But libraries are also centers for job searching, resume building, and exploring educational opportunities. Interested in a company? The library has resources, such as Business Reference Suite. Do you want to learn a foreign language, a valuable skill in the global economy? The library allows patrons to share language programs on DVDs, programs out of reach for many families. Libraries also provide computers for patron use. Many people still do not own a computer or cannot afford one.

I am reminded that science fiction writer Ray Bradbury wrote 'Fahrenheit 451' at his local library.

Patch: Granted these resources are useful, but what is wrong with the present building providing them?

Roberts: The current library building, undersized and outdated, limits the quality of library services.   We have looked carefully at the possibility of renovating the existing library, but given the site constraints and the inflexibility of the current building, renovation is expensive, without providing the best value for the Town of Belmont. 

Both in print and in testimony, our firm has shown that refurbishing the present library up to recent building codes, while absorbing more books and materials, would require millions of dollars.

These dollars, we think, would be better spent on a new building that could serve the community for decades. There are also state grants for new libraries, not repaired ones.

Patch: With the digitizing of information and the arrival of devices, such as iPad and Kindle, couldn’t a wireless area, even a Starbucks, become a virtual library, let alone someone’s home?

 Roberts: I think that iPads and Kindles are wonderful devices, but they are primarily a new technology for selling and consuming media. Libraries are about sharing, materials and experiences.

Even if you are comfortable letting your two year old use an iPad to read a children’s book, that doesn’t  replace  the experience a child has in visiting the library or participating in one of the many children’s programs.  You can’t do these easily at a Starbucks.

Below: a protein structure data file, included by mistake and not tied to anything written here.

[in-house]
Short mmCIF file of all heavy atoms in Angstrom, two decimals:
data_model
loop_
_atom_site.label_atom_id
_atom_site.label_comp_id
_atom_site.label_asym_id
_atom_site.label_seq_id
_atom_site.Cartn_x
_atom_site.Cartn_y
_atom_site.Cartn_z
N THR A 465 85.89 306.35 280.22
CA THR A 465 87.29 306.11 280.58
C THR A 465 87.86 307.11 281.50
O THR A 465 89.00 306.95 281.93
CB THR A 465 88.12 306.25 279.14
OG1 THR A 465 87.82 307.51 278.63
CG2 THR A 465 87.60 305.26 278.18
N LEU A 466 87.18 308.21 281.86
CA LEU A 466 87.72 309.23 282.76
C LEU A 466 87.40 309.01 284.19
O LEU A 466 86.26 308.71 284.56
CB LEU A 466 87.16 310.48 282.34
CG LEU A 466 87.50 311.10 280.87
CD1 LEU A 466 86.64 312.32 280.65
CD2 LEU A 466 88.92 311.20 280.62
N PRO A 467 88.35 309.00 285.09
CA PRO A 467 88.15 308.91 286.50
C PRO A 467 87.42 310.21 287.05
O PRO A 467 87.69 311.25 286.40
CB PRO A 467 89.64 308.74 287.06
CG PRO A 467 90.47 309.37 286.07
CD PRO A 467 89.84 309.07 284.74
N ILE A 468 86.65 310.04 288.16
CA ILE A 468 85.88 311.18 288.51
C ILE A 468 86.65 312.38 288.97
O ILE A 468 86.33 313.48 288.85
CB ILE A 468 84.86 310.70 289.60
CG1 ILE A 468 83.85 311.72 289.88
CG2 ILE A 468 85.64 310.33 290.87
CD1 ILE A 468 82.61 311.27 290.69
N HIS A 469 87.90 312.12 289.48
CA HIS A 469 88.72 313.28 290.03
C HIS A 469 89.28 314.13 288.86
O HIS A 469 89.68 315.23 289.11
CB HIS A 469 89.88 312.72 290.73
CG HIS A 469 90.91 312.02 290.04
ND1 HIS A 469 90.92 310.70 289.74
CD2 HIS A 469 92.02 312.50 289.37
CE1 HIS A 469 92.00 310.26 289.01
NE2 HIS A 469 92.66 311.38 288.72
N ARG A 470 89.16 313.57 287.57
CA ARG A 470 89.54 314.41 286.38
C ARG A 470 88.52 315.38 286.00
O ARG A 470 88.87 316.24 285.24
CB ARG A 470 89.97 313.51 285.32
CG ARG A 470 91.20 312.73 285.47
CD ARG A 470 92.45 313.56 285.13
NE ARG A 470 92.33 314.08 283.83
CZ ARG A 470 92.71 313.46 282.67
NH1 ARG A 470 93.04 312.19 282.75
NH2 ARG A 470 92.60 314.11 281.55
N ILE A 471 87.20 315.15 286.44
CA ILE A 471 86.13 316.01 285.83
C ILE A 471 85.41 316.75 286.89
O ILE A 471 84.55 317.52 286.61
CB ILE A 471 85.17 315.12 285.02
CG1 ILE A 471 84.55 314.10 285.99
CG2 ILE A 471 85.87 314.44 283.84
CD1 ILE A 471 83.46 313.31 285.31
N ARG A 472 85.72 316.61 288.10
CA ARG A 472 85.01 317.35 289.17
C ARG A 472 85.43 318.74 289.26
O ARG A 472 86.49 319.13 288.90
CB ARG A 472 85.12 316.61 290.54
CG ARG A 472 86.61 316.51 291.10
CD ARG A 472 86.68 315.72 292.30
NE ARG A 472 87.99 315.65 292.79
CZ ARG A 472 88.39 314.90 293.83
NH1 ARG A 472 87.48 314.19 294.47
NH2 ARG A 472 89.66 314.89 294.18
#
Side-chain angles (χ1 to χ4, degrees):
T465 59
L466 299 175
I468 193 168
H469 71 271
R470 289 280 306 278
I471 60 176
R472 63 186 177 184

Nor are emails and twitter replacements for book discussion groups, collaborative learning experiences, and lectures at the library.  In this electronic age, it is still important to have a place to get together with others.  

The library director and staff plan the programs for a wide range of patrons. The professional librarians in reference and circulation help users find vital information, in the stacks or on the Internet. 

iPads and Kindles no doubt will change the distribution of knowledge. But in the end, a library is a community for learning and sharing.

By the way, the new library will have space for a café, if you’d like coffee or tea when you visit.

Patch: What impact will your proposed design of the Belmont Memorial Library have on patrons, visitors and employees?

Roberts: The main reading spaces are located along Concord Ave so that, as people go by, they can see the activities inside.  Children can see their kinds of activities in the Children’s Room, as can the teens see theirs in the young adult room, or the adults observe theirs in the reference and reading rooms.

When you walk through the main door to the library, you will be presented with the latest books and media in a space, designed to encourage the fun of recreational browsing. 

Patch: Architecture is a serious business, with buildings a community lives with for decades or a century. Is it true that you also design birdhouses?

Roberts: Yes, we do design birdhouses. It’s for fun, but the same principle applies: a good design makes for happy residents.